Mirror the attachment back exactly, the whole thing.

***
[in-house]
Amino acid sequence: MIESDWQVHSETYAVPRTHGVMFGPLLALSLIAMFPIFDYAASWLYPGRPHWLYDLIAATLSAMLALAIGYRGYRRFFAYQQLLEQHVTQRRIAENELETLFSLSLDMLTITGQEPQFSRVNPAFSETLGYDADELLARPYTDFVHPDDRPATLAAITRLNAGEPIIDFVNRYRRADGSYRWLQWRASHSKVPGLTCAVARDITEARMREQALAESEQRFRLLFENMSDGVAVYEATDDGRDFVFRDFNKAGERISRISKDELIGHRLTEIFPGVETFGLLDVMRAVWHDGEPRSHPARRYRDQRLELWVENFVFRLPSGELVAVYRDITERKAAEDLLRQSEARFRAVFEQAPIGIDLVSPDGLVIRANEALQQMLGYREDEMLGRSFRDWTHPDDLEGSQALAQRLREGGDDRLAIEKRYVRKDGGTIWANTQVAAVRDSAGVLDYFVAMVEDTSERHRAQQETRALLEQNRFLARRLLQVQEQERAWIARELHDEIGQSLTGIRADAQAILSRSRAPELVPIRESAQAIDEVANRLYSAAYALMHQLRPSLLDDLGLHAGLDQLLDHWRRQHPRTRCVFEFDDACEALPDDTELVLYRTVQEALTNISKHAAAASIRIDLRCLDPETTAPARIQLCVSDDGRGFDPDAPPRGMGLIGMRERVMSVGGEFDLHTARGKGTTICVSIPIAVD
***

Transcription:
[in-house]
Amino acid sequence: MIESDWQVHSETYAVPRTHGVMFGPLLALSLIAMFPIFDYAASWLYPGRPHWLYDLIAATLSAMLALAIGYRGYRRFFAYQQLLEQHVTQRRIAENELETLFSLSLDMLTITGQEPQFSRVNPAFSETLGYDADELLARPYTDFVHPDDRPATLAAITRLNAGEPIIDFVNRYRRADGSYRWLQWRASHSKVPGLTCAVARDITEARMREQALAESEQRFRLLFENMSDGVAVYEATDDGRDFVFRDFNKAGERISRISKDELIGHRLTEIFPGVETFGLLDVMRAVWHDGEPRSHPARRYRDQRLELWVENFVFRLPSGELVAVYRDITERKAAEDLLRQSEARFRAVFEQAPIGIDLVSPDGLVIRANEALQQMLGYREDEMLGRSFRDWTHPDDLEGSQALAQRLREGGDDRLAIEKRYVRKDGGTIWANTQVAAVRDSAGVLDYFVAMVEDTSERHRAQQETRALLEQNRFLARRLLQVQEQERAWIARELHDEIGQSLTGIRADAQAILSRSRAPELVPIRESAQAIDEVANRLYSAAYALMHQLRPSLLDDLGLHAGLDQLLDHWRRQHPRTRCVFEFDDACEALPDDTELVLYRTVQEALTNISKHAAAASIRIDLRCLDPETTAPARIQLCVSDDGRGFDPDAPPRGMGLIGMRERVMSVGGEFDLHTARGKGTTICVSIPIAVD